Old Salem Cemetery
Madison County, TN | Dec 19, 1862
The Battle of Jackson on December 19, 1862, was a Confederate attempt to delay the movements of the Union troops towards Vicksburg, Mississippi. Gen. Nathan Bedford Forrest staged a Confederate attack at Salem Cemetery to distract Federal troops from his men destroying the Union railroad that led into Corinth, Mississippi.
How It Ended
Although the Union successfully defended Jackson, the Confederates won a strategic victory. The Confederates destroyed parts of the Union railroad leading toward Corinth, Mississippi and bought time for the Confederates to prepare for a battle at Vicksburg, which eventually fell to Gen. Ulysses S. Grant on July 4, 1863.
After the Union victory at the Battle of Shiloh in April 1862, the Union gained control of Corinth, Mississippi and Nashville, Tennessee. The city of Corinth was a vital hub because it served as the crossroads of two major railroads, and gaining control of the city meant gaining access to the Confederate heartland. With this advantage, the Confederates knew that Gen. Ulysses S. Grant and his army would be moving towards Vicksburg, Mississippi next. If the Union could successfully take Vicksburg, then the South would be weakened and divided in two.
With Corinth, Mississippi under Union control and unmitigated access to the two different railroad lines in the state, it was only a matter of time before Gen. Grant moved towards Vicksburg, Mississippi. If Vicksburg, Mississippi fell, then the Confederacy would lose access to the Mississippi River and split the South in half. To quell or at least delay Union movement towards Vicksburg, Southern troops tried to retake Corinth in October 1862. However, motivated by the importance of defending the critical railroad junction, Union Gen. Rosecrans and his army defeated the Confederates in this attempt.
With no hope of regaining the Corinth junction and access to the railroads, Confederate Gen. Nathan Bedford Forrest began sabotaging parts of the railroad line, rather than trying to retake them. Gen. Grant and his army relied on supplies by way of these railroad lines that passed through Jackson, Tennessee. Forrest and his men moved towards the city of Jackson, defeating a unit of Union cavalry on their way. As the Confederates moved into Jackson, they encountered Union Col. Adolph Engelmann and his garrison.
As Gen. Nathan Bedford Forrest and his men approached the city, Col. Adolph Engelmann was instructed to merely monitor the advance and ordered his men to take up a defensive position at the Old Salem Cemetery. 400 Confederates charged toward the defenders in a column formation and the Union regiment repulsed the attacks.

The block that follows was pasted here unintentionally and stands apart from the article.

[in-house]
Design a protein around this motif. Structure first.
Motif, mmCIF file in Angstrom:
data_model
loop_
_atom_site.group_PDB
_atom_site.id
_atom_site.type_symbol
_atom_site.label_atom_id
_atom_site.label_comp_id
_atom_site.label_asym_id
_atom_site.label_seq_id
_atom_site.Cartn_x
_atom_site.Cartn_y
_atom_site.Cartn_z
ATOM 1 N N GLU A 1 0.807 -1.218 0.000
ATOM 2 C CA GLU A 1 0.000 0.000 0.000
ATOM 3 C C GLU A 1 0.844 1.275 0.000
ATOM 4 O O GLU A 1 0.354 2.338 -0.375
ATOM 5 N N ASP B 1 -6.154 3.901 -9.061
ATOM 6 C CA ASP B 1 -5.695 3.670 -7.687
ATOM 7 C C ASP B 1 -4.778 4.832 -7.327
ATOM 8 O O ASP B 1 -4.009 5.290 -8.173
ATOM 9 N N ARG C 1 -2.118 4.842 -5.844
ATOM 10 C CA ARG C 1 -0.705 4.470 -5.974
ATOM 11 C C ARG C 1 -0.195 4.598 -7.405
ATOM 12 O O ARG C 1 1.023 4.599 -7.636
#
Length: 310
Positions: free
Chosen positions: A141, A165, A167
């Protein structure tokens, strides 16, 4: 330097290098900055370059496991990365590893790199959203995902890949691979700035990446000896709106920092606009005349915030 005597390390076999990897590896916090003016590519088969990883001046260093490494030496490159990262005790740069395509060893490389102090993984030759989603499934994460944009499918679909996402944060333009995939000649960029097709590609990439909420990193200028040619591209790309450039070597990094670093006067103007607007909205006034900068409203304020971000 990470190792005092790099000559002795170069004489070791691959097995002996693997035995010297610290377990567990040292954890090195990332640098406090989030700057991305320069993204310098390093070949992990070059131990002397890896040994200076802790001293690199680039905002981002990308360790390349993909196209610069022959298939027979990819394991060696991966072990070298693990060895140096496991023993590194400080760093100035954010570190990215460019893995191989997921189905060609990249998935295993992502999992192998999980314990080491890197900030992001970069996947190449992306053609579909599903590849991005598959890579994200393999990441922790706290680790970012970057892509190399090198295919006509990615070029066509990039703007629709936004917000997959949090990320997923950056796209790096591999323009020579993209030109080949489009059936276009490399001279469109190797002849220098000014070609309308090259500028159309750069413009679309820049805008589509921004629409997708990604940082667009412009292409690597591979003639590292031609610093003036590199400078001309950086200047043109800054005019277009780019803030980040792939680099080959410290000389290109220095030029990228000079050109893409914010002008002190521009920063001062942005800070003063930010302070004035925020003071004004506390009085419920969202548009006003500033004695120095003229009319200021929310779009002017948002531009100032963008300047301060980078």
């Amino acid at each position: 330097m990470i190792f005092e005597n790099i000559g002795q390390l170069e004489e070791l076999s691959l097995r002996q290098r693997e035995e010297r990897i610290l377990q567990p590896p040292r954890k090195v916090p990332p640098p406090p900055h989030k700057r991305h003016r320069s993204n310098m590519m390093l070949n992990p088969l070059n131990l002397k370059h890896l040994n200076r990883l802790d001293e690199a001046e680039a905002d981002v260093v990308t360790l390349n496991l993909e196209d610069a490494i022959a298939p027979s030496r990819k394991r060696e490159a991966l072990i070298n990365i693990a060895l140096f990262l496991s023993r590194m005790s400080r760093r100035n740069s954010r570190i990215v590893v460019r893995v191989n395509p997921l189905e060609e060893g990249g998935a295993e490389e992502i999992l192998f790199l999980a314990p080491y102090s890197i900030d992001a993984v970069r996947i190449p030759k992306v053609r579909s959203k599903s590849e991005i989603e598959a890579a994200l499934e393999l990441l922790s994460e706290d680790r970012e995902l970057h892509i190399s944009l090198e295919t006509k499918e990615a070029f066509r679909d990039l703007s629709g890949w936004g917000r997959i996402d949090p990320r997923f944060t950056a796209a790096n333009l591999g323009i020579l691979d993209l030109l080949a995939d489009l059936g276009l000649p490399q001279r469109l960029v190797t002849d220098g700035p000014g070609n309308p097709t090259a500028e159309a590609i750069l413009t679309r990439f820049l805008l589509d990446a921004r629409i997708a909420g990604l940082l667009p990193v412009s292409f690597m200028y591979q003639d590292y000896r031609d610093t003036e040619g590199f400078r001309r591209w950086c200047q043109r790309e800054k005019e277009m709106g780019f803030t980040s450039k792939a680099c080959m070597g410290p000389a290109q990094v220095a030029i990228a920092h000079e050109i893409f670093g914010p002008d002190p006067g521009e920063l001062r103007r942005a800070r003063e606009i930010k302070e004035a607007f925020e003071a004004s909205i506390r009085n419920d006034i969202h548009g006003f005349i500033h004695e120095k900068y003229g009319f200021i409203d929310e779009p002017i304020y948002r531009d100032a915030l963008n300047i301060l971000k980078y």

While the Union was successful in repulsing the attack, Engelmann was unaware that the charge was a distraction from Forrest’s real mission. As the two sides clashed at Salem Cemetery, Forrest led some of his men north to a stretch of undefended railroad and destroyed it. Having achieved this strategic victory, Forrest withdrew from the area and turned to raid other Tennessee towns.
Although Forrest’s attack seemed minor in the grand scheme of the Western Theater, he managed to prove himself as a tactically capable commander and earned himself a reputation as an antagonist to Grant’s Vicksburg Campaign. With the destruction of parts of the railroad, Forrest managed to slow Grant’s advance; however, Grant and his men arrived in Vicksburg six months later.
Vicksburg, Mississippi was a place of vital importance because of its location on the Mississippi River along which most of the supplies, and communications, traveled throughout the South. If the Confederates lost Vicksburg, they would lose the indispensable resourceful river, and split the South in half. Early in the war, President Lincoln and the Union knew the importance of Vicksburg and made plans to capture it. Eventually, Grant and his army would besiege and capture Vicksburg, marking a turning point in the war for the Union. At the beginning of the Civil War, Union Gen. Winfield Scott developed a strategy called the “Anaconda Plan,” that called for the blockade of Confederate ports and capturing the Mississippi, to divide the South in half. When the Union won at Vicksburg and took control of the Mississippi River and achieved a major objective of the Anaconda Plan.
Railroads were vitally important during the Civil War, with both the North and the South often fighting for control of them. Railroads were crucial for not only transporting supplies, but also for transporting troops great distances. When armies camped in rural and underdeveloped areas, they relied on the railroads to bring them food, horses, and medical equipment, among other important supplies. Knowing the importance of railroads, oftentimes, troops who came across enemy railroad lines would destroy the tracks to prevent enemy use. In places like Chattanooga, Tennessee, and Atlanta, Georgia, the Union army targeted Confederate railway junctions to cut off their vital supplies as part of their strategy to defeat them. Therefore, by destroying parts of the Union Railroad near Jackson, Forrest and his men prevented Union troops and supplies from passing through there at that time.